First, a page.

Bear Argument #4: A Taper Tantrum is Coming
According to recent investor surveys, equity and fixed income investors are worried about a potential “taper tantrum” when the Federal Reserve (Fed) starts to reduce its bond-buying programs. As a reminder, in 2013, Fed Chairman Ben Bernanke casually mentioned that the Fed would start to reduce (taper) its bond buying programs in the coming months. His comments caught equity and fixed income investors by surprise and both markets reacted negatively—although the equity markets went on to return 30% for the year. While we are in a similar situation today with the Fed ready to announce its intentions to taper its bond buying programs, the markets have no reason to be surprised. The Fed has been communicating its intentions to eventually taper bond purchases for several months now. Markets should be well prepared at this point as the Fed learned its lesson from 2013 and has done a much better job communicating its intentions.
Moreover, we think we are still several years away from full monetary normalization. After tapering ends, the Fed will likely wait some time before it starts to raise short-term interest rates. Last time we were in this position (in 2013), it was two years before the Fed began to increase interest rates, which took place over a four-year horizon. Former Fed Chair William McChesney Martin famously quipped that the job of the Federal Reserve is “to take away the punch bowl just as the party gets going.” We don’t think the current Fed is going to take away the punch bowl anytime soon, and expect it will remain accommodative for the foreseeable future.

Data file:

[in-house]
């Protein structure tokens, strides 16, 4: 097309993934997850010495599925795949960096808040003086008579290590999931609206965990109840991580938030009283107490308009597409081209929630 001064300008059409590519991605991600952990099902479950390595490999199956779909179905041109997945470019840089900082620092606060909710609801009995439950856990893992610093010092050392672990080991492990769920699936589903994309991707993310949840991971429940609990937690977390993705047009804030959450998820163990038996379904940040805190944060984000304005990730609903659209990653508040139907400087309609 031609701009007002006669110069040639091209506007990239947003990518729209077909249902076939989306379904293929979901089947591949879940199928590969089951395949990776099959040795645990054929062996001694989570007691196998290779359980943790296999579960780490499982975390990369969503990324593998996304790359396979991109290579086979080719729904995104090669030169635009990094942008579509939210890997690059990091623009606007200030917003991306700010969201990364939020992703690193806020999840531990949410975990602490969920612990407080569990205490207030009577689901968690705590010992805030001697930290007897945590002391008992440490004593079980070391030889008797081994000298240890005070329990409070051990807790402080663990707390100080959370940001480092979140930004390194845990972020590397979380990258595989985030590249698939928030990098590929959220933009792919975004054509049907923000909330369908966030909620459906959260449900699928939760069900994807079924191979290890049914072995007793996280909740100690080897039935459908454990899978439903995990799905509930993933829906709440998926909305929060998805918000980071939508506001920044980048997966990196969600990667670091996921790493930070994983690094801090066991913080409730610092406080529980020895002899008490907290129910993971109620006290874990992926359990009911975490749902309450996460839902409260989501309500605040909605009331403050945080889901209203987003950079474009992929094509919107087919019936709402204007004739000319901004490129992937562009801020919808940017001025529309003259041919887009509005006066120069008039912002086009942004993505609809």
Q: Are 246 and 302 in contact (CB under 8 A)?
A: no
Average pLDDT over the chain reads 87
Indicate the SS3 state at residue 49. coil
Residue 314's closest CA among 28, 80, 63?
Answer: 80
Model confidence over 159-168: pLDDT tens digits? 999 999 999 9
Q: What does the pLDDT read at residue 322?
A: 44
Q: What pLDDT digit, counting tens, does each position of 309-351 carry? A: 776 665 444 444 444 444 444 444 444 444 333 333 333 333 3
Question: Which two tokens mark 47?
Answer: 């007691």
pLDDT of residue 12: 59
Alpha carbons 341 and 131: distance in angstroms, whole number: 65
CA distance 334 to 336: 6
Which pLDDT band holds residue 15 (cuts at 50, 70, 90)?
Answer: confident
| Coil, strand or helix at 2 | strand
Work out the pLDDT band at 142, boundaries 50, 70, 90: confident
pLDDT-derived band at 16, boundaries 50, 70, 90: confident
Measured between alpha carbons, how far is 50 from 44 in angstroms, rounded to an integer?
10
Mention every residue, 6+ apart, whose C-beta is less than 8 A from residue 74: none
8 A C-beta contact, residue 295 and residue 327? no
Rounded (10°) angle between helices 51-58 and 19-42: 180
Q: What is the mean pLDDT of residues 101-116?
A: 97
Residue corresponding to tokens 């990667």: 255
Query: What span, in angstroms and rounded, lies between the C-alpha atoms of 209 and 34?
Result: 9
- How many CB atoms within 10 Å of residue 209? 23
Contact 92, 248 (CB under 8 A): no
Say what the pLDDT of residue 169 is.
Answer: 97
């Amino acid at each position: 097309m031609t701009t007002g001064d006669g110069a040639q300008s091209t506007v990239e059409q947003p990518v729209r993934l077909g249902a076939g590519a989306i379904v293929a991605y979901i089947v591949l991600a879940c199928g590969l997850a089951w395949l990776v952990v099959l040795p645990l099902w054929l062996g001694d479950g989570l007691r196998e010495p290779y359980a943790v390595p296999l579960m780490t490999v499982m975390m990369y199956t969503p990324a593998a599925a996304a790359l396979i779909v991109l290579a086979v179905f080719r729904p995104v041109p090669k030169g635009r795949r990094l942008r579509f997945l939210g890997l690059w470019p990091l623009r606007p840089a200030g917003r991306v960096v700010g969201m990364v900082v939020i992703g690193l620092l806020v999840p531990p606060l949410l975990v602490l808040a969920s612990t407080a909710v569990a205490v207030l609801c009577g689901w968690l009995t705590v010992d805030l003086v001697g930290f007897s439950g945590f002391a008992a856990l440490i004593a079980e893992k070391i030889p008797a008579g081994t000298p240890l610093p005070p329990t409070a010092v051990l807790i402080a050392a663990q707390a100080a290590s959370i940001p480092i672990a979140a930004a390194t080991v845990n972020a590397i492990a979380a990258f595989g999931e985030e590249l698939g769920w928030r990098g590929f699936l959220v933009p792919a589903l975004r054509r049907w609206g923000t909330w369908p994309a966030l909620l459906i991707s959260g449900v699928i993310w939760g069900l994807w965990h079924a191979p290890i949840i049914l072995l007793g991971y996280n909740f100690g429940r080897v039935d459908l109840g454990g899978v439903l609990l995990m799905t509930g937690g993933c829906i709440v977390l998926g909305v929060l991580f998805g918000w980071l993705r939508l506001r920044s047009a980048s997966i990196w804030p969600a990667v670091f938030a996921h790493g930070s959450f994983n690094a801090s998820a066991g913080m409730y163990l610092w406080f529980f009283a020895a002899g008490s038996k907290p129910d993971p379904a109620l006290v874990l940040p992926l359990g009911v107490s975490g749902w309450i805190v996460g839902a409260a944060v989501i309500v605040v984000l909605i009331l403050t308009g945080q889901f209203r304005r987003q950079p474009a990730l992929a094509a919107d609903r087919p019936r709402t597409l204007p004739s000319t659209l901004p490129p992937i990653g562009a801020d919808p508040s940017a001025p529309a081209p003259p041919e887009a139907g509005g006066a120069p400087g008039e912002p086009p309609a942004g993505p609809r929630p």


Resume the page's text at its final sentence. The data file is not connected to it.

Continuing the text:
Bear Argument #5: The White House Agenda Will Derail The Bull
We don’t think Washington policy developments are a serious threat to broad markets in the near-to-medium term. We know that people get passionate about policy and that’s a good thing—that’s what makes a democracy go. But a direct connection between policy and broader market direction is rare. Even when it comes to the narrow impact of policy on an individual sector or industry, the outcome for markets may not be in line with what conventional wisdom expects—or may be overwhelmed by larger economic forces.